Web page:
Primary-care physicians who encourage their patients to let them know about bothersome side effects of prescribed medications –– and who address such problems promptly –– can reduce the chances that patients will be harmed by the medications, according to a new study by researchers in Boston.
The study results, published in the Jan. 24 issue of the Archives of Internal Medicine, will help researchers develop strategies for decreasing the number of adverse drug events (ADEs) –– instances of injury arising from prescription medicines –– in patients across the country, the authors suggest.
"In an earlier study, we tracked ADEs in a group of patients being treated in primary-care practices. We expected that the same percentage of outpatients would have ADEs as had been found in studies of hospitalized patients –– about 7 percent," says the studys lead author, Saul N. Weingart, M.D., Ph.D., director of the Center for Patient Safety at Dana-Farber Cancer Institute. He conducted the research while on staff at Beth Israel Deaconess Medical Center. "We were astounded to find the actual rate was 25 percent, and that many of the ADEs were preventable. In the new study, we wanted to see the extent to which doctor/patient communication about patients medication symptoms resulted in such incidents."
Bill Schaller | EurekAlert!
Advanced analysis of brain structure shape may track progression to Alzheimer's disease
26.10.2016 | Massachusetts General Hospital
Indian roadside refuse fires produce toxic rainbow
26.10.2016 | Duke University
Ultrafast lasers have introduced new possibilities in engraving ultrafine structures, and scientists are now also investigating how to use them to etch microstructures into thin glass. There are possible applications in analytics (lab on a chip) and especially in electronics and the consumer sector, where great interest has been shown.
This new method was born of a surprising phenomenon: irradiating glass in a particular way with an ultrafast laser has the effect of making the glass up to a...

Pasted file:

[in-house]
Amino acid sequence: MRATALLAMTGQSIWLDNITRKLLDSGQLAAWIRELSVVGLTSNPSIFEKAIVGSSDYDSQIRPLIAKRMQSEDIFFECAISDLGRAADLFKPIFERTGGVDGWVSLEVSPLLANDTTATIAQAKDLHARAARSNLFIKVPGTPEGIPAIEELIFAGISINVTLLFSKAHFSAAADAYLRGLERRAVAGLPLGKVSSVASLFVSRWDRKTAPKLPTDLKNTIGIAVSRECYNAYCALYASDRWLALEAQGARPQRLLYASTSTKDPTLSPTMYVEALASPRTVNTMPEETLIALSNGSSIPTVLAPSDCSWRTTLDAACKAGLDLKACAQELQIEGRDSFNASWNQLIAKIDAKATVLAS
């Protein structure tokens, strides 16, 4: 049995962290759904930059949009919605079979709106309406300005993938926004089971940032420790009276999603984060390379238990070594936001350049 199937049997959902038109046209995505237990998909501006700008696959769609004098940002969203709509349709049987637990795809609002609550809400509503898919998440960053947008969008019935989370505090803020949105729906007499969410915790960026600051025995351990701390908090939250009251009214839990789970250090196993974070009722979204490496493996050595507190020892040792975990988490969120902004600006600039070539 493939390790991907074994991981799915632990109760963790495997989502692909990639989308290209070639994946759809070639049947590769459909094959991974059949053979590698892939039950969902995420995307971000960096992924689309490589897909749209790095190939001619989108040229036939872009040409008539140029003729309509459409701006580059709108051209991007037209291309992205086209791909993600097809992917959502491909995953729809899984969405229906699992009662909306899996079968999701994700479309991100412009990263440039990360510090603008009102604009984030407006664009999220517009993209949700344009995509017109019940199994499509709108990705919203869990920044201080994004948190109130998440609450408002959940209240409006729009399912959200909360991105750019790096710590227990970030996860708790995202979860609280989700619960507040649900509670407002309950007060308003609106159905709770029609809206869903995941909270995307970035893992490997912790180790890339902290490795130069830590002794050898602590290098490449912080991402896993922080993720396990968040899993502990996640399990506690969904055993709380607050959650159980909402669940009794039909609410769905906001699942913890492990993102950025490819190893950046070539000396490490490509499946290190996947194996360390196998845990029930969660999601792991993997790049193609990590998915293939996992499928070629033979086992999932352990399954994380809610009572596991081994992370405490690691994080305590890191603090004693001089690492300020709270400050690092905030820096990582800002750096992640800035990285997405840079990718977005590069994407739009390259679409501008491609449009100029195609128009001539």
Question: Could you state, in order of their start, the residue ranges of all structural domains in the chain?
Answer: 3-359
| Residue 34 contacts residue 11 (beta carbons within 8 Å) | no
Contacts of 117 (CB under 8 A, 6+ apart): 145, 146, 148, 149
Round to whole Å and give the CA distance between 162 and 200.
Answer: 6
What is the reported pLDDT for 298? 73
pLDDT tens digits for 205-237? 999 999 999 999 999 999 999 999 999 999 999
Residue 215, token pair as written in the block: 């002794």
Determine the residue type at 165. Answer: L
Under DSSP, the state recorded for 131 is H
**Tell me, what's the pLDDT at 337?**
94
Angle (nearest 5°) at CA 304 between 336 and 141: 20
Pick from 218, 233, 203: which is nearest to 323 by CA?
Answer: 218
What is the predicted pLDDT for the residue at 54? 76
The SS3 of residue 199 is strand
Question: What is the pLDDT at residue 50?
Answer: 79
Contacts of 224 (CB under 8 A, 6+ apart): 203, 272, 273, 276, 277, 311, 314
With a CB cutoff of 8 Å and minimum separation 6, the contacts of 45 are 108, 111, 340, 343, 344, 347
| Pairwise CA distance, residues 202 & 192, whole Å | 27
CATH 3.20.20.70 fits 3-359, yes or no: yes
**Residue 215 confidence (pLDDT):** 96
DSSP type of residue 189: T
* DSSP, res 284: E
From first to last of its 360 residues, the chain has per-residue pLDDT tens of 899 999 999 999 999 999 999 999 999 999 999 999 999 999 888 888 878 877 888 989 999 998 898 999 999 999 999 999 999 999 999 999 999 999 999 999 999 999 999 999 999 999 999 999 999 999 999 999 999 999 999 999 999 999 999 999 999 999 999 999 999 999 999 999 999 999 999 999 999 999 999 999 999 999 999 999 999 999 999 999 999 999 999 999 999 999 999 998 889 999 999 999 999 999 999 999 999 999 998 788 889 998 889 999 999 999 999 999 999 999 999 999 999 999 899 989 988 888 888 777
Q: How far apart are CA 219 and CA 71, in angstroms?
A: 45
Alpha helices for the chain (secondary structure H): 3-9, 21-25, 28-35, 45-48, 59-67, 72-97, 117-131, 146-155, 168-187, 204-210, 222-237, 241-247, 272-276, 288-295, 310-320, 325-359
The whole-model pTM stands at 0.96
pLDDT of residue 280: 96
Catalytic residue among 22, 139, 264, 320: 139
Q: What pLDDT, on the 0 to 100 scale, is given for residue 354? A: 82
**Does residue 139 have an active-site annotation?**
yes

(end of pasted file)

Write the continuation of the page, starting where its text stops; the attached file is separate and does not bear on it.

Terahertz excitation of selected crystal vibrations leads to an effective magnetic field that drives coherent spin motion
Controlling functional properties by light is one of the grand goals in modern condensed matter physics and materials science. A new study now demonstrates how...
Researchers from the Institute for Quantum Computing (IQC) at the University of Waterloo led the development of a new extensible wiring technique capable of controlling superconducting quantum bits, representing a significant step towards to the realization of a scalable quantum computer.
"The quantum socket is a wiring method that uses three-dimensional wires based on spring-loaded pins to address individual qubits," said Jeremy Béjanin, a PhD...
In a paper in Scientific Reports, a research team at Worcester Polytechnic Institute describes a novel light-activated phenomenon that could become the basis for applications as diverse as microscopic robotic grippers and more efficient solar cells.
A research team at Worcester Polytechnic Institute (WPI) has developed a revolutionary, light-activated semiconductor nanocomposite material that can be used...
By forcefully embedding two silicon atoms in a diamond matrix, Sandia researchers have demonstrated for the first time on a single chip all the components needed to create a quantum bridge to link quantum computers together.
"People have already built small quantum computers," says Sandia researcher Ryan Camacho. "Maybe the first useful one won't be a single giant quantum computer...
14.10.2016 | Event News
14.10.2016 | Event News
12.10.2016 | Event News
27.10.2016 | Materials Sciences
27.10.2016 | Physics and Astronomy
27.10.2016 | Life Sciences